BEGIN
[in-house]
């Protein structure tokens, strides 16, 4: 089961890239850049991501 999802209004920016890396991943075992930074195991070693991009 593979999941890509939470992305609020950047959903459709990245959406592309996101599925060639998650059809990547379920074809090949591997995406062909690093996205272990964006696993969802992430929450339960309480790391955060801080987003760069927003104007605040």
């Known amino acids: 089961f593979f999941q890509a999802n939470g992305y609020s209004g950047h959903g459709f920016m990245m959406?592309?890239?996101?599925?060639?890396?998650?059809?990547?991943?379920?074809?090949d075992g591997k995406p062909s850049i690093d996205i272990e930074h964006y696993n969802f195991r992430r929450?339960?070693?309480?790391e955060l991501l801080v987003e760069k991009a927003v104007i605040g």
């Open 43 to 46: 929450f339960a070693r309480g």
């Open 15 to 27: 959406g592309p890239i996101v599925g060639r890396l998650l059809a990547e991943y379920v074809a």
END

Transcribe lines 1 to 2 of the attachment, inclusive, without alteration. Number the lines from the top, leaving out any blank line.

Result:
[in-house]
């Protein structure tokens, strides 16, 4: 089961890239850049991501 999802209004920016890396991943075992930074195991070693991009 593979999941890509939470992305609020950047959903459709990245959406592309996101599925060639998650059809990547379920074809090949591997995406062909690093996205272990964006696993969802992430929450339960309480790391955060801080987003760069927003104007605040």